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Matthew E. May

Quality Insider

Let Discipline and Patience Enable Innovation

Excuses amount to preemptive surrender

Published: Thursday, April 18, 2013 - 09:41

Innovation is at or near the center of nearly everyone’s radar screen. If you’re not looking for it in your work, you’re looking for it in your personal life, because stirring in each of us is the desire to employ our ingenuity. Thus, the potential to innovate is alive and well in everyone.

Actually doing it with any acumen and consistency is another matter entirely.

A study of the great accomplishments in art, industry, and science reveals a story of constant study and hard work. Mozart, Galileo, Rockefeller, Renoir, Plato, Einstein, Shakespeare, Newton—all were innovative geniuses, and all believed in the constant and purposeful application of their abilities. Investigation into their magnificent achievements reveals a lifelong process of deep reflection, keen observation, and constant betterment. The ancient Greeks also believed that to become capable in any profession, three things were necessary—nature, study, and practice.

For more than 30 years the U.S. Army has employed a leadership model of Be-Know-Do. It’s the Army’s view that acquired knowledge and skill (Know and Do) are necessary and valuable, but they’re also perishable because they can quickly become obsolete in today’s competitive environment. It is the first element, Be—representing drive, dedication, and determination—that remains the enduring differentiator.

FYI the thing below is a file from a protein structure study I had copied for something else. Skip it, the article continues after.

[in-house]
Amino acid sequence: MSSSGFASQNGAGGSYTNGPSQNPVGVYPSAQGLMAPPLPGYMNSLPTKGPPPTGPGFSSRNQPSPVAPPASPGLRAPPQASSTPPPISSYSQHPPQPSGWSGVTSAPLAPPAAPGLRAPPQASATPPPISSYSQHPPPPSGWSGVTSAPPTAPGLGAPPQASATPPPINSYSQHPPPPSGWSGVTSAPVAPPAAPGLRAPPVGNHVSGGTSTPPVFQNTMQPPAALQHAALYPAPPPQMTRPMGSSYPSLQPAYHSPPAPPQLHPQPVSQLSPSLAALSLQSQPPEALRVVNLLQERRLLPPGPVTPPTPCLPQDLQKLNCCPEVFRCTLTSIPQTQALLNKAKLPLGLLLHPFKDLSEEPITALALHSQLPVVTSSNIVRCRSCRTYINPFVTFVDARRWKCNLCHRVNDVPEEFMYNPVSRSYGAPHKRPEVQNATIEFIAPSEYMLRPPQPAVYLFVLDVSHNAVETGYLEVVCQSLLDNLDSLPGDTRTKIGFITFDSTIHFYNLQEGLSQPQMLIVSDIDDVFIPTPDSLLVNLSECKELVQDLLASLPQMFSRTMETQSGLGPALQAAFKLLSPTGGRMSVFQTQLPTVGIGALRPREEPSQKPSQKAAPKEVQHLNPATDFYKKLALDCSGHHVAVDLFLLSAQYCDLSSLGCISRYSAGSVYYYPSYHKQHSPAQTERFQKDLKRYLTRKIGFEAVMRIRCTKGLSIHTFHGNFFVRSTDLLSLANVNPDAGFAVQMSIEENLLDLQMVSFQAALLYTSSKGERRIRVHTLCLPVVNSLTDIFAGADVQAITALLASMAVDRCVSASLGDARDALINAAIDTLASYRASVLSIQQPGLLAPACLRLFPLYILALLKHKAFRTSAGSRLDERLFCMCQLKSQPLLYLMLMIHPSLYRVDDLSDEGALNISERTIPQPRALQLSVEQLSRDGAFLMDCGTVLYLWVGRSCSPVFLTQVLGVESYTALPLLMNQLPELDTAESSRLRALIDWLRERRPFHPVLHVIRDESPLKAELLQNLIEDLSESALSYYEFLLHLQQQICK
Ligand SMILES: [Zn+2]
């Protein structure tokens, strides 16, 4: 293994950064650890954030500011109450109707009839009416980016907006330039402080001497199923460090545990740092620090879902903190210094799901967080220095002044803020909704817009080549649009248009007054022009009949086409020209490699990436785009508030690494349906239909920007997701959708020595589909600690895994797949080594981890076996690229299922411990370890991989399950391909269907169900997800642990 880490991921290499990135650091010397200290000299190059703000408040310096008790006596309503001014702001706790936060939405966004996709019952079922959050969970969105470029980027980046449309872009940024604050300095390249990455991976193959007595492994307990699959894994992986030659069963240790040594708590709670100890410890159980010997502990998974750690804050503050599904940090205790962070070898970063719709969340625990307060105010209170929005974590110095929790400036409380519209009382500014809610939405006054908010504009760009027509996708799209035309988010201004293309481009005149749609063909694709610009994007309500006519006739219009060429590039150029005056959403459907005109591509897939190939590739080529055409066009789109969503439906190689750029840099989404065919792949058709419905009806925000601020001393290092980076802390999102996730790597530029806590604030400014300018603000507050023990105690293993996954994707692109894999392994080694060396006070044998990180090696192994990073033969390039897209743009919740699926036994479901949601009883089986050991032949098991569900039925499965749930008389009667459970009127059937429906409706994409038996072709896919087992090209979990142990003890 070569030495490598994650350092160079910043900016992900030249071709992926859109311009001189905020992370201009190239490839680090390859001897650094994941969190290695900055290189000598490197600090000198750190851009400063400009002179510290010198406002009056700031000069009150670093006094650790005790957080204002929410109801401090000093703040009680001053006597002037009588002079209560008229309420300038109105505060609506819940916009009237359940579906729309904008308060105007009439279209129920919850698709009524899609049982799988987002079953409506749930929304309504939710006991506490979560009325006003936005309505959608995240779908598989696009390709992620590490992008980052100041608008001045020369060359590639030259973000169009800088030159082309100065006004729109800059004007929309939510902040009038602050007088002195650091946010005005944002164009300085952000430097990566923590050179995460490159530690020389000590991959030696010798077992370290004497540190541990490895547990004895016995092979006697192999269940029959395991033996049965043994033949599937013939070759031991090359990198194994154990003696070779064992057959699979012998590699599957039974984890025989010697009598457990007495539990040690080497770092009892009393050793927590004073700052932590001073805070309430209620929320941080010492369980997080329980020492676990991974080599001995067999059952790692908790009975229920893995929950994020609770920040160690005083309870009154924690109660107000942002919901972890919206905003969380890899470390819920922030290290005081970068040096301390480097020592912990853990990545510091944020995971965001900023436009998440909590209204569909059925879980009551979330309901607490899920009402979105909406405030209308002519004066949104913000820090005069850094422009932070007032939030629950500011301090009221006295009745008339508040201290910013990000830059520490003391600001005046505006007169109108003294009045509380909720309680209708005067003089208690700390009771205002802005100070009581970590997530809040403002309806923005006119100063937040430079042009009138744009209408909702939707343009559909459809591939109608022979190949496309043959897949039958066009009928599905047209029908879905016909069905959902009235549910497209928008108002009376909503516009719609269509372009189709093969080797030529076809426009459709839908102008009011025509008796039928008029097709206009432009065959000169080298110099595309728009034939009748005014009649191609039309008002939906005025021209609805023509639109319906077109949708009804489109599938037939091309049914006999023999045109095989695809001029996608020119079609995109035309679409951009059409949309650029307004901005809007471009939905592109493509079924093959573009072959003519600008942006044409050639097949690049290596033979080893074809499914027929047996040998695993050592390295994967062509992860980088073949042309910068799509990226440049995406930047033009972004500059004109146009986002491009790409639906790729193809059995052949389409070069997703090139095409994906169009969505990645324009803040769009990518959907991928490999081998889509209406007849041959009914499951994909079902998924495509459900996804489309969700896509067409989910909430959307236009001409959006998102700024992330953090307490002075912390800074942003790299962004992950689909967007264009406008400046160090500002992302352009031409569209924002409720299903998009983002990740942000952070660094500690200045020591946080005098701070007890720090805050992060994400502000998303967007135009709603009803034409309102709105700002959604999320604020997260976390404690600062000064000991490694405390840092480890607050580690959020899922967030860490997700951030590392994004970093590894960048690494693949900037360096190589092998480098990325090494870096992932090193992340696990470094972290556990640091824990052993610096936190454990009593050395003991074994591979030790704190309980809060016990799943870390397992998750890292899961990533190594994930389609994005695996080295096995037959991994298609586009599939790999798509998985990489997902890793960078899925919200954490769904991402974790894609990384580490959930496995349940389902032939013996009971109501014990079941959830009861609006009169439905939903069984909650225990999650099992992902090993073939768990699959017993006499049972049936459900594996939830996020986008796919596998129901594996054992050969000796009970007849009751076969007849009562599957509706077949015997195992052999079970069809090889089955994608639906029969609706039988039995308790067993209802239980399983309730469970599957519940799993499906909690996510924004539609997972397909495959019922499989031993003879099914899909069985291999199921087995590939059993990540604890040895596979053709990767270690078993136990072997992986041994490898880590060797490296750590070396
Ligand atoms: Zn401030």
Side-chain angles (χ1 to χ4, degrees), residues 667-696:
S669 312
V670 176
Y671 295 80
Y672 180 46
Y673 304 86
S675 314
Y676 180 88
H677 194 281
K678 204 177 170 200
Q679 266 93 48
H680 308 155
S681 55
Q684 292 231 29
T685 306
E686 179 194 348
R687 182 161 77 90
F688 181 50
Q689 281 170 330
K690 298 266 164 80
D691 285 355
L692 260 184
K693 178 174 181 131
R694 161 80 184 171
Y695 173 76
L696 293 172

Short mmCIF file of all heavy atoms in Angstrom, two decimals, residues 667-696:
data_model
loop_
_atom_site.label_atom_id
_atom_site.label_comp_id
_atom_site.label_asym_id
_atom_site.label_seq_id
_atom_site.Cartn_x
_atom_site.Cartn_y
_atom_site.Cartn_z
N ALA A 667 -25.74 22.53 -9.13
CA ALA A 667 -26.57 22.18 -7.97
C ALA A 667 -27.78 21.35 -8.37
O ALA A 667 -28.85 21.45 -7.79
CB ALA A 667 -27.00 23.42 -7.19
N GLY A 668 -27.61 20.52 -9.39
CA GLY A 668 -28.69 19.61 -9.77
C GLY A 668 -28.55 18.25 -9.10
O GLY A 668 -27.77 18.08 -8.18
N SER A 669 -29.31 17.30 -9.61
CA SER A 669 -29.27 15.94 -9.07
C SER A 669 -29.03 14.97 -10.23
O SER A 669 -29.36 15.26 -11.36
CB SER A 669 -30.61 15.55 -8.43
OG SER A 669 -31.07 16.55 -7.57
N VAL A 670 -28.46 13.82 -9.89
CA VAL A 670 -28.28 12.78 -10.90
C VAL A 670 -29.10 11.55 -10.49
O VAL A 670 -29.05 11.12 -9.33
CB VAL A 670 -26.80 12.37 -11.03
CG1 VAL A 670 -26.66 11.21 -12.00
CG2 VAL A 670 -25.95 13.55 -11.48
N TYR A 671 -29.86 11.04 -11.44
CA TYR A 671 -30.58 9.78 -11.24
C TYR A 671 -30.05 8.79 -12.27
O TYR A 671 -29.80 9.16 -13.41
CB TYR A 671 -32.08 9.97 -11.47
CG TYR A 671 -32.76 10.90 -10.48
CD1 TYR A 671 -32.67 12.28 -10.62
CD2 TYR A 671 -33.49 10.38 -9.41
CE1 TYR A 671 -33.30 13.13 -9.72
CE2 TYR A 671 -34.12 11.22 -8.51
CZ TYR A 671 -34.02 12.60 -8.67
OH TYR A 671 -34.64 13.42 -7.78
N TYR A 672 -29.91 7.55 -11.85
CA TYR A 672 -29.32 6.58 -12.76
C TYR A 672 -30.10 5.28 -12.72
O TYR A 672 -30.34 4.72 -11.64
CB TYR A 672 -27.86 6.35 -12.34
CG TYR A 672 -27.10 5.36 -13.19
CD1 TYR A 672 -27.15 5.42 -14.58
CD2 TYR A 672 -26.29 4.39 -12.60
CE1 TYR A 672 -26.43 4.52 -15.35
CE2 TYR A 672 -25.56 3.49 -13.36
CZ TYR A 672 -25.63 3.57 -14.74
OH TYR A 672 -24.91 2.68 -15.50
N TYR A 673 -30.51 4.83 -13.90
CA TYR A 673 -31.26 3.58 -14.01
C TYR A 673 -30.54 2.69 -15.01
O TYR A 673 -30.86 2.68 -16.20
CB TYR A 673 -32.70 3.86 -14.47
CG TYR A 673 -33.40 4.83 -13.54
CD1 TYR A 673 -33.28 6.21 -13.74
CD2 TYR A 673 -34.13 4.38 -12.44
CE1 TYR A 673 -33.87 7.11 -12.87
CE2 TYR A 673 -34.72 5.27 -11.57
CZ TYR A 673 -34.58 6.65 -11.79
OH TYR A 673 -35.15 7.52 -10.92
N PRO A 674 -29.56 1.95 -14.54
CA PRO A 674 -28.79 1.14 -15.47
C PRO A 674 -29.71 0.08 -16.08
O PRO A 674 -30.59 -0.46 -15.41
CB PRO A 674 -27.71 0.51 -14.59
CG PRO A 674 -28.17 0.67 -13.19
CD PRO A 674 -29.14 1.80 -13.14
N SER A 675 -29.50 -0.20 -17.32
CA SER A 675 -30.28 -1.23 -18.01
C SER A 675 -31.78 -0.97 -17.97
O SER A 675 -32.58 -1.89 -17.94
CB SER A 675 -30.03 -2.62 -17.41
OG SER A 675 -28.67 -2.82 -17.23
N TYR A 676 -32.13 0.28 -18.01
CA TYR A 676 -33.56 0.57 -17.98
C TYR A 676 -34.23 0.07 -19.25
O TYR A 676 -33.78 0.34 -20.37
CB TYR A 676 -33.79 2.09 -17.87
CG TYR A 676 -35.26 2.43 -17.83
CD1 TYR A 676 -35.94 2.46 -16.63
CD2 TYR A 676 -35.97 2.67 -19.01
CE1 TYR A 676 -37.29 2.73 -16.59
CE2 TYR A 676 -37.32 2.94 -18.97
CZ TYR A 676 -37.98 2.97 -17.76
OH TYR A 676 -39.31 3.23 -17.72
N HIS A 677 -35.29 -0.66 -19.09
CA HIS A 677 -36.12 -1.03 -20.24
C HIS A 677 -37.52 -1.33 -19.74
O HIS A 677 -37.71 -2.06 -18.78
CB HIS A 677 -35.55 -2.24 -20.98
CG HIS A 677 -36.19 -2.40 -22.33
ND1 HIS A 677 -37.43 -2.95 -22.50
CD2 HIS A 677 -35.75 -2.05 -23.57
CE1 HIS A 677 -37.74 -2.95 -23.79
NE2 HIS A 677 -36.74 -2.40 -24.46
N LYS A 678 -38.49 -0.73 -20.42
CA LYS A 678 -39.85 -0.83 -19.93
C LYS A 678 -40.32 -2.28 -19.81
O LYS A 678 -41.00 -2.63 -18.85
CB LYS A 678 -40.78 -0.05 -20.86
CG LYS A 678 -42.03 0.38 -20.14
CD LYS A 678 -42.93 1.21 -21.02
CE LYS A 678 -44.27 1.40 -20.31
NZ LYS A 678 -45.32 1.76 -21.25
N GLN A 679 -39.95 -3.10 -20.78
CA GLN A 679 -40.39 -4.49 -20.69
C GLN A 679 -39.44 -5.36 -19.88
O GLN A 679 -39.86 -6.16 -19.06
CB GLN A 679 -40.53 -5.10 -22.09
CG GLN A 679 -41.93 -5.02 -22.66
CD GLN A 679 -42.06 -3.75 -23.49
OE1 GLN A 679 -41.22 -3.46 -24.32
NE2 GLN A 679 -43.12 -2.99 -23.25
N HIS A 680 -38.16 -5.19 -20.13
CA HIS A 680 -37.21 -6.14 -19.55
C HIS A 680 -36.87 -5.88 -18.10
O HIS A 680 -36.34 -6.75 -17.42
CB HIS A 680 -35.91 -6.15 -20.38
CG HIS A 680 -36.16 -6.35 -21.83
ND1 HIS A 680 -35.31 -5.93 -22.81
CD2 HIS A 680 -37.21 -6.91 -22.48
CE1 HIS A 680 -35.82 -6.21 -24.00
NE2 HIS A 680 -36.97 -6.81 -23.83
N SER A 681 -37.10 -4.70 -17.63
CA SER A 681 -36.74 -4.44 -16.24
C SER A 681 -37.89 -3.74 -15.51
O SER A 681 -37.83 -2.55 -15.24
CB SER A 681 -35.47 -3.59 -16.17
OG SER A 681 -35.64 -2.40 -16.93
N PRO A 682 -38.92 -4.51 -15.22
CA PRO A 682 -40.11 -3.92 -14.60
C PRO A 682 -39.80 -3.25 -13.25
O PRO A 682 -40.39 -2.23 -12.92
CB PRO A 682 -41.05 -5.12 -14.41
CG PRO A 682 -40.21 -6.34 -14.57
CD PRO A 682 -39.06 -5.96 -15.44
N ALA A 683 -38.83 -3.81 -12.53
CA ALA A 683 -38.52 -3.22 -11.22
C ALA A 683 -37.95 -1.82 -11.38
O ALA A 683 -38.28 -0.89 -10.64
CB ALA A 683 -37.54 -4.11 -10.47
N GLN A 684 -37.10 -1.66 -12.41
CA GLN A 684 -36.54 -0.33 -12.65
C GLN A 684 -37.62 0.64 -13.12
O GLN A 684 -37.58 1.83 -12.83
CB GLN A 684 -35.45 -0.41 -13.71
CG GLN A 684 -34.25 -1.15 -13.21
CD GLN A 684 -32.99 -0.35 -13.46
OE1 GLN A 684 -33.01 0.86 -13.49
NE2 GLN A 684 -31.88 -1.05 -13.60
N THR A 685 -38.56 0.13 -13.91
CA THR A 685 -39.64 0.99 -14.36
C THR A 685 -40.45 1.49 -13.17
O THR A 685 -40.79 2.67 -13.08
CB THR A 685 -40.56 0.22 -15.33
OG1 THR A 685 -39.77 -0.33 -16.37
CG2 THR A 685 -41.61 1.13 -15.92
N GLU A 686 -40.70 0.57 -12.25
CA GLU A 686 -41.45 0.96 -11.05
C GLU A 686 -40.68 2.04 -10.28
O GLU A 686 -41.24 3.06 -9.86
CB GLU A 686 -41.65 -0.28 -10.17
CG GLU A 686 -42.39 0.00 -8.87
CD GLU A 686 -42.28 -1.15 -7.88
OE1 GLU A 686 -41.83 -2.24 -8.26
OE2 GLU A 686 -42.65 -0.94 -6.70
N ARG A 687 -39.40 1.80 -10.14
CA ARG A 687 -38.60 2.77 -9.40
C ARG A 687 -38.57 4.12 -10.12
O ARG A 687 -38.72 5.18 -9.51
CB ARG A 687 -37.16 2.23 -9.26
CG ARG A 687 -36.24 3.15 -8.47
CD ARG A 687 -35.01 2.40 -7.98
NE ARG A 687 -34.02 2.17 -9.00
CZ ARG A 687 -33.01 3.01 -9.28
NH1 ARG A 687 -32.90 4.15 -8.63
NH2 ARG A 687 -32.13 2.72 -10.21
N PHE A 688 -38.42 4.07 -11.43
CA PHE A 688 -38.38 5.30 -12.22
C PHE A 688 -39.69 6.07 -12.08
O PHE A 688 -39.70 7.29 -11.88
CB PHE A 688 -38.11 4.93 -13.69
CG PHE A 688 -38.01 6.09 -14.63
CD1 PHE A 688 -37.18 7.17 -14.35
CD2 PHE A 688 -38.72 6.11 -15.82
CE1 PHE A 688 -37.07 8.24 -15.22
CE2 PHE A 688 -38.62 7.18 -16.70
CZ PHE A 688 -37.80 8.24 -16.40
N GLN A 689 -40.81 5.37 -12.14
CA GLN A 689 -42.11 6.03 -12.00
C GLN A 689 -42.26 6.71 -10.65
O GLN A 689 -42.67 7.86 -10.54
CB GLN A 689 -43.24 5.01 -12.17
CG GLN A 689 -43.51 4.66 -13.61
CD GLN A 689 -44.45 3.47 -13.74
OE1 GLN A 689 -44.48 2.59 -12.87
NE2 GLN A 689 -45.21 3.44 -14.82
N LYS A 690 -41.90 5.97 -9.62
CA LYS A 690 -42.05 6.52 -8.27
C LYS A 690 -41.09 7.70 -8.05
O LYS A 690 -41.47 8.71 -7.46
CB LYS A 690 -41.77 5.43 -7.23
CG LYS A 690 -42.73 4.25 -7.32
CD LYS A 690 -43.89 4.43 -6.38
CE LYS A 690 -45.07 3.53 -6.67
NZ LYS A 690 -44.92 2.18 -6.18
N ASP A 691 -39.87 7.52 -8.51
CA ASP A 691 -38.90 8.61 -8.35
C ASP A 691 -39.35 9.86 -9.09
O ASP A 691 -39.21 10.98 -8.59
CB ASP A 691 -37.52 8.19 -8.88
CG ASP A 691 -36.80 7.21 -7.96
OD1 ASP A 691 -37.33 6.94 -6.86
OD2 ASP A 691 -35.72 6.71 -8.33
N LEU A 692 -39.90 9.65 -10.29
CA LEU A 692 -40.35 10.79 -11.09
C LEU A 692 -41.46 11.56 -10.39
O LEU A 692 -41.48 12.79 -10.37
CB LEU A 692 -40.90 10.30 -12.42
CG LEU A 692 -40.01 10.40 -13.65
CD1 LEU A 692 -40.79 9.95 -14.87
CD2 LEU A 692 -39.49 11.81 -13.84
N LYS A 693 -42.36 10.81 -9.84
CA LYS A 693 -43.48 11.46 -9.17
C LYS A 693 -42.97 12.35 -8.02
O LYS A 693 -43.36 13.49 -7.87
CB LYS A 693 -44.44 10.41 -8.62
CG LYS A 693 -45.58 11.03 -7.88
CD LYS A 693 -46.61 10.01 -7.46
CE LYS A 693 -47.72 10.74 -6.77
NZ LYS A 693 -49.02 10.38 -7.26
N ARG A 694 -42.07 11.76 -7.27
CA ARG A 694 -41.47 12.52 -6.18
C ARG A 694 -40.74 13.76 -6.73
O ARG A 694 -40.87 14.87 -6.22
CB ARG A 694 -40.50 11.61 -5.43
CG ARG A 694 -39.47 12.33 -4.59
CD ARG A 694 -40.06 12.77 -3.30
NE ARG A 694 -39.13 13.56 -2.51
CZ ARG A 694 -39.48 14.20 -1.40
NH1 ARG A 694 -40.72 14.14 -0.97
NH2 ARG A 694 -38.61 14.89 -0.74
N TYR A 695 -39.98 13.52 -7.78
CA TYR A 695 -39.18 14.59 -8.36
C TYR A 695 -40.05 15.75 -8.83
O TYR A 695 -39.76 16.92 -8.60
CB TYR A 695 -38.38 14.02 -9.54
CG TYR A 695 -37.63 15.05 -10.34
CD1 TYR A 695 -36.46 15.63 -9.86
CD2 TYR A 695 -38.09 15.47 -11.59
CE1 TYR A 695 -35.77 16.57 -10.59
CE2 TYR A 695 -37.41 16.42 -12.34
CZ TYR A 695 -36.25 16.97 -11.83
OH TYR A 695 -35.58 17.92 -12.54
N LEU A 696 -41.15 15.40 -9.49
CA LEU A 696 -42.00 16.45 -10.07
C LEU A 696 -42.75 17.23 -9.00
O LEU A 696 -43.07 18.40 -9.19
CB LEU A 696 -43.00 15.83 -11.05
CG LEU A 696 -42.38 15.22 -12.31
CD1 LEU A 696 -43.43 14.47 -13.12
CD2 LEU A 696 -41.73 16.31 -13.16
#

Innovation is all about discipline. Therein lies the rub, for all the same reasons that losing weight and maintaining physical fitness seem so elusive for so many. They both require lifelong vigilance and perseverance… and patience, because it takes time. Innovation demands patience, but patience is something in short supply.

In general, Western cultures are relatively impatient and nearsighted. We’re not that willing and eager to trade immediate gratification and short-term gains for the long-range possibilities that seem too distant. We begrudgingly respond to change, usually waiting for the fabled burning platform to suddenly and mysteriously appear and move us to action.

As a result, the as is prevails over the could be for far too long... so-called innovation efforts are in reality initiatives centered on optimizing the status quo, rather than creatively destroying it.

The journey to building a companywide culture of innovation—one in which every soul on board is contributing ideas daily, converting them to reality regularly, and in which performance is measured in terms of the quantity and quality of ideas tested rather than solely on business outcomes—is one most don’t commit to making. The reasons? It’s not easy, and it’s not quick, and it doesn't necessarily show up on a plan, budget, or balance sheet.

You may be wondering where all this is coming from.

I walked out of a recent meeting convinced that people in the room truly believed they would become the modern day Archimedes, that they were just moments away from the Eureka! moment to hit them in the bathtub. I’m fairly certain the killer app they (and so many others) are hoping for won’t magically come to them through the mythical happy accident. At least not without engaging in the hard and unglamorous work of immersing themselves fully in the problem first (which they had not done), struggling through endless but enlightened trial and error. There’s simply nothing accidental about true innovation.